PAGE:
Four homes are uninhabitable after heavy rain lashed Coromandel last week.

The area was in the firing line when a rain-packed weather system dumped record-breaking downpours across the upper North Island, including 850ml over five days in Coromandel - the equivalent of a year's worth of rain.

In an update on Monday afternoon, Civil Defence controller Garry Towler said the Thames-Coromandel Council had appointed a recovery manager who was assessing damage to the region.

Worst affected were Tairua, Onemana, Opoutere and Whangamata.

Advertisement

"The priority is assessing all public reserve land and infrastructure, along with visiting private property owners who have been in touch to let us know they have been greatly affected.

"We have 30 sites on our priority list to visit over the next two days. There's 12 private properties between Whangamata and Tairua that we have done structural engineering assessments on over the past few days, four of those properties have been deemed uninhabitable in the short-term."

Vehicles slowly make their way through debris and floodwater on State Highway 25 near Whangamata during last week's flooding. Photo / Alan Gibson
Vehicles slowly make their way through debris and floodwater on State Highway 25 near Whangamata during last week's flooding. Photo / Alan Gibson

A water tanker outside the Puriri Pub would stay for another day as a precautionary measure against low-water pressure issues at the rural Thames Valley South water supply at the weekend.

"All water supplies are operational but we will continue to keep a close eye on Thames Valley South area as it's prone to blocking during weather events because it's not on town supply but rather a rural scheme."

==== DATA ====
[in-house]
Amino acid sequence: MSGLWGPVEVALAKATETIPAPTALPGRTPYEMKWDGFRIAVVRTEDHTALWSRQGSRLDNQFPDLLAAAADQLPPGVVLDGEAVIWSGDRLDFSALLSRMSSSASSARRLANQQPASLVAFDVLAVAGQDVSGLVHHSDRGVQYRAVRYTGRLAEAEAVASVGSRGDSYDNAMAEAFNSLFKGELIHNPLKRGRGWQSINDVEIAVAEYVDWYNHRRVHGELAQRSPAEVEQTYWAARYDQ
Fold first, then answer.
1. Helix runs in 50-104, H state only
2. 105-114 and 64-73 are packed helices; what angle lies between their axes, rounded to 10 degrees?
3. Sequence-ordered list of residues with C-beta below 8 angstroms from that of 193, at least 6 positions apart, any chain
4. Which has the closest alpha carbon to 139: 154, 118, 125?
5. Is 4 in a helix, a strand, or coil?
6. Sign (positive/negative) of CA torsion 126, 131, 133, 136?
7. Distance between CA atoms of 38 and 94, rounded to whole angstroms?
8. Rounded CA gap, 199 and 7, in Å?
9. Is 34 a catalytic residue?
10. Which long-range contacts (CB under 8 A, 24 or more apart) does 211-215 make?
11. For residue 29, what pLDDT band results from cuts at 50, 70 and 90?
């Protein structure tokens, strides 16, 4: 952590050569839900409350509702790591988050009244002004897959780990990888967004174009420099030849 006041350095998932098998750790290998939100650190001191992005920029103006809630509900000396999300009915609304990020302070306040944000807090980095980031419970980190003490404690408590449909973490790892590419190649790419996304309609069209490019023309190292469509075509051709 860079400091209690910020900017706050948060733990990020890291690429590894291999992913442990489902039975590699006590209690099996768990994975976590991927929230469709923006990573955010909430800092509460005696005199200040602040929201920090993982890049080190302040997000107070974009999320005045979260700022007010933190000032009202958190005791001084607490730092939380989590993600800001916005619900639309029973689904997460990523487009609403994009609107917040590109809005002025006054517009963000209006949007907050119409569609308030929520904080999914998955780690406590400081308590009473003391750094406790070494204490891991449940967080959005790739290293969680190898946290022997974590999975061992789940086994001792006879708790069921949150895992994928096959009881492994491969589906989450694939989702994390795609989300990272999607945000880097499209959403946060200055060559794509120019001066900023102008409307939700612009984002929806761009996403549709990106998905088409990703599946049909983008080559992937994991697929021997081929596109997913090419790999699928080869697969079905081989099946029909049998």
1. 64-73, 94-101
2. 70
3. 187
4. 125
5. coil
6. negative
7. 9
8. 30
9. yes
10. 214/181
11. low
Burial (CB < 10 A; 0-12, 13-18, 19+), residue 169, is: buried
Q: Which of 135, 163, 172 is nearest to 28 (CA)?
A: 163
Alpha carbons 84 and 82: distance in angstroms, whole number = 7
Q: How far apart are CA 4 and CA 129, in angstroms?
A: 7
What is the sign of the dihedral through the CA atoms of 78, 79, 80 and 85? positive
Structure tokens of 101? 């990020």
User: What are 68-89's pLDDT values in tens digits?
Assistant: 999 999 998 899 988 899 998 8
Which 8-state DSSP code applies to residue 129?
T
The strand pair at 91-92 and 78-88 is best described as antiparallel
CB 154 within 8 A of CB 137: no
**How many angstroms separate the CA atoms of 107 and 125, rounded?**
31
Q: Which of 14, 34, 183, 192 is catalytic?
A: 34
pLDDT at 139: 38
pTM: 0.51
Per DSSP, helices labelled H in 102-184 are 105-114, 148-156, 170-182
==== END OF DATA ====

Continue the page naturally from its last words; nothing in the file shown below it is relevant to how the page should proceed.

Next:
In the Kaueranga Valley Department of Conservation facilities and infrastructure have been extensively damaged.

The department had closed all tracks, huts, campgrounds and the valley road from the visitor centre onwards until further notice. The visitor centre is still open.

Assessment and repairs will begin this week.

Most of the damage district-wide was from slips and flooding.

Schools and businesses were closed, roads were affected and some communities were isolated without power and water.

"This was one major weather event for us," Towler said.

It was still too early to estimate the cost, he said.

However, there is a bright spot on a dreary week: Beach Hop organisers have told the council the event is still on. The rock'n'roll festival will take place in Whangamata during five days from March 22.

Meanwhile, the clean-up continues in sodden parts of Auckland this morning.

New Lynn MP David Cunliffe tweeted his sincere thanks to the council, Civil Defence and Fire Service after Sunday's damaging downpours.


An Auckland Council spokeswoman said it would update the situation, including the latest on damaged buildings and evacuations, at 10.30am.